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Title: Genetic and environmental influences on the development of allergic pulmonary disease
Author: Sherburn, Rebekah
ISNI:       0000 0004 6346 833X
Awarding Body: Imperial College London
Current Institution: Imperial College London
Date of Award: 2015
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Allergic airway disease is a growing health concern and despite extensive research, mechanisms underlying allergen sensitisation are not fully understood. By utilising experimental mouse models of intra-nasal (i.n) allergen exposure the role of a number of factors in the onset and progression of allergic airway disease (AAD) were investigated including age, allergen type and genetic background. Age at first allergen exposure was found to be a critical determinant of the severity of AAD. Neonatal mice exposed to i.n. house dust mite (HDM) extract developed enhanced AAD compared to adult mice. A period of non-responsiveness to HDM exposure was also identified between the ages of day 14 and 21 of life which corresponded to a natural nadir in both IL-13+ CD4+T cells and IL-13+ innate lymphoid cells (ILCs). The type of allergen to which mice were exposed was also revealed as a determinant of the severity of AAD that developed. The fungal allergen Alternaria alternata (Alt) was associated with a more severe disease phonotype, characterised by elevated IL-13 levels and steroid resistance. Investigation of the genetic contribution to the development of AAD focussed on two genes identified by large-scale genome wide association studies (GWAS) as associated with childhood onset asthma - IL-33 and ST2. ST2, but not IL-33, was determined to be critical for sensitisation with HDM. However, neither IL-33 nor ST2 were required for the development of AAD in response to Alt exposure. Investigation of short-term exposure to Alt identified ST2 as having a critical role in early inflammatory responses to Alt but not in the development of Alt specific T cells and IgE. Overall, work conducted in this thesis identified the age-dependent development of allergic disease, the likely existence of an alternative ligand for ST2 and provided a mechanistic explanation for the association of Alt sensitisation and steroid resistance.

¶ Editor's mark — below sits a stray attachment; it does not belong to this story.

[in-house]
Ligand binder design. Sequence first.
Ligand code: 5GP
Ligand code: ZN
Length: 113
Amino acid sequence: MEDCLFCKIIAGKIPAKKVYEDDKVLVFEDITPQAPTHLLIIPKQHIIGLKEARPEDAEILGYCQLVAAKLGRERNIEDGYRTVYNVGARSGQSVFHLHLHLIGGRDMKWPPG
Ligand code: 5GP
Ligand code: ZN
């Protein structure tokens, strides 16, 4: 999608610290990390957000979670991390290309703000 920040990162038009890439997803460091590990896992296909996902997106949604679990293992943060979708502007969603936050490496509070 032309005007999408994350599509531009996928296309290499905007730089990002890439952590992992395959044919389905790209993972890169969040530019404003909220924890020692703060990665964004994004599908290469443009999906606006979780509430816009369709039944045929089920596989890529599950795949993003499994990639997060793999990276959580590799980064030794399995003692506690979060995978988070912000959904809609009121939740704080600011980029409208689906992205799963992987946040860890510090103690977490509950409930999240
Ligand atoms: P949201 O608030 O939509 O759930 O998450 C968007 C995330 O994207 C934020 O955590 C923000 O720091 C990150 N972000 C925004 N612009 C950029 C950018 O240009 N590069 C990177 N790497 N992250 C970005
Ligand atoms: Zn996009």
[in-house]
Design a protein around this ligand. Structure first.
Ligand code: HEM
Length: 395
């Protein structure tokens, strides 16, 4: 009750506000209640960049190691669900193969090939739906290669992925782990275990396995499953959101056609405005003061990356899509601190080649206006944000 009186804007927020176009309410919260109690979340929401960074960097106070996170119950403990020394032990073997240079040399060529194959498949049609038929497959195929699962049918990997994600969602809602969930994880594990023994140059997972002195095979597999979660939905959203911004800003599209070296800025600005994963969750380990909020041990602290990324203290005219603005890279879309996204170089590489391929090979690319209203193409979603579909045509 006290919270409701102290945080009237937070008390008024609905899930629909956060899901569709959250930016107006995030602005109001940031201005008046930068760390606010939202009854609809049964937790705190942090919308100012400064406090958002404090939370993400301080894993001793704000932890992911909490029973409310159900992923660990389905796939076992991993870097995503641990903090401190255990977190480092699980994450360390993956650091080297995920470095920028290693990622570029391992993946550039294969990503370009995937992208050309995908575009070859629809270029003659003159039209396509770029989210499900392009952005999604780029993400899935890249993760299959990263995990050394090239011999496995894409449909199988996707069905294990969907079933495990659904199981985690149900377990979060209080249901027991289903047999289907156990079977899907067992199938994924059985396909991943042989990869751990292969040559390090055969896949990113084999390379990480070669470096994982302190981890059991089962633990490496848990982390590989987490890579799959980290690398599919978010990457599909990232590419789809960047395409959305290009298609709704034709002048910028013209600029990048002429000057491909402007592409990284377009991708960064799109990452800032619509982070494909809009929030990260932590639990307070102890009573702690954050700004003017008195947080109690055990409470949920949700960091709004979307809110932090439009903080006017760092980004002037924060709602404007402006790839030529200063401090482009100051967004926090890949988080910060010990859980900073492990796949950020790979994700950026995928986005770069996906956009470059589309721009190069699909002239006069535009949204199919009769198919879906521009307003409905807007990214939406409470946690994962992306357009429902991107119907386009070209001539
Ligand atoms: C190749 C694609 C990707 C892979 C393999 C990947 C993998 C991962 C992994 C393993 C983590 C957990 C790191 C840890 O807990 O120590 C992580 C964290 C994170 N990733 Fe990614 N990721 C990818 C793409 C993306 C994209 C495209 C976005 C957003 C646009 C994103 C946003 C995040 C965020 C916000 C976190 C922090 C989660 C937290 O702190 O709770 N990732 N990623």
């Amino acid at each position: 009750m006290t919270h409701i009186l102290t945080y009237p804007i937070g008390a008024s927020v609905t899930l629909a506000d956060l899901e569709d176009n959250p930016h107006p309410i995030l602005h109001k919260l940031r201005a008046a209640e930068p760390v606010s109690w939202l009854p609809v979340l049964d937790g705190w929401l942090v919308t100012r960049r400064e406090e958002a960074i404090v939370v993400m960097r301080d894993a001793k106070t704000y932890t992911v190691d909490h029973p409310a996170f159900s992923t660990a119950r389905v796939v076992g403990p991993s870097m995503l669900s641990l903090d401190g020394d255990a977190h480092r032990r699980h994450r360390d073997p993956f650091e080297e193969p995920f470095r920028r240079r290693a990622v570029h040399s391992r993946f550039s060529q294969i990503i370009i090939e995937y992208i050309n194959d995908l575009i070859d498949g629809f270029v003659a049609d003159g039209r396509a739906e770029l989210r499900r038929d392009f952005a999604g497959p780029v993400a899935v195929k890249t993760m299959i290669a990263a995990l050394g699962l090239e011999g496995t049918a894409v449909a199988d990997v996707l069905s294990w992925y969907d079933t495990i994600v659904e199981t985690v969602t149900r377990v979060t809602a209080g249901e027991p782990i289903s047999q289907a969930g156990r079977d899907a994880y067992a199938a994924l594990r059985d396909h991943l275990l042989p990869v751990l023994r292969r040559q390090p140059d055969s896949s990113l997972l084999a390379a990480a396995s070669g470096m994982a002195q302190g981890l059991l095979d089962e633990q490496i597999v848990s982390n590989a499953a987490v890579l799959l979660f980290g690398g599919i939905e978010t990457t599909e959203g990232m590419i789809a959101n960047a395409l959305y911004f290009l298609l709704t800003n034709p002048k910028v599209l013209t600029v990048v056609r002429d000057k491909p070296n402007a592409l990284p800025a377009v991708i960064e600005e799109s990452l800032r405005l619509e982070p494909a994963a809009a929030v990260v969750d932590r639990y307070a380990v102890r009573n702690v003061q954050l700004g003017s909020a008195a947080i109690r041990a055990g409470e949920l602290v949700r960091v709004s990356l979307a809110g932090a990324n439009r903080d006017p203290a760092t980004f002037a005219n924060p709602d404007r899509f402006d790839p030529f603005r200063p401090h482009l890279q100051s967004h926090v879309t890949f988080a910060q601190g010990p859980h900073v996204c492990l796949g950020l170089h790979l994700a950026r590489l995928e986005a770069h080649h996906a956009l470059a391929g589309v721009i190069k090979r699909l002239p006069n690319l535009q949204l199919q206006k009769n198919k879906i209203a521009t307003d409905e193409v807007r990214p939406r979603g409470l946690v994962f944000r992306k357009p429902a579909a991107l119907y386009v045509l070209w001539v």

Supervisor: Lloyd, Clare ; Saglani, Sejal Sponsor: Medical Research Council ; Asthma UK ; Wellcome Trust
Qualification Name: Thesis (Ph.D.) Qualification Level: Doctoral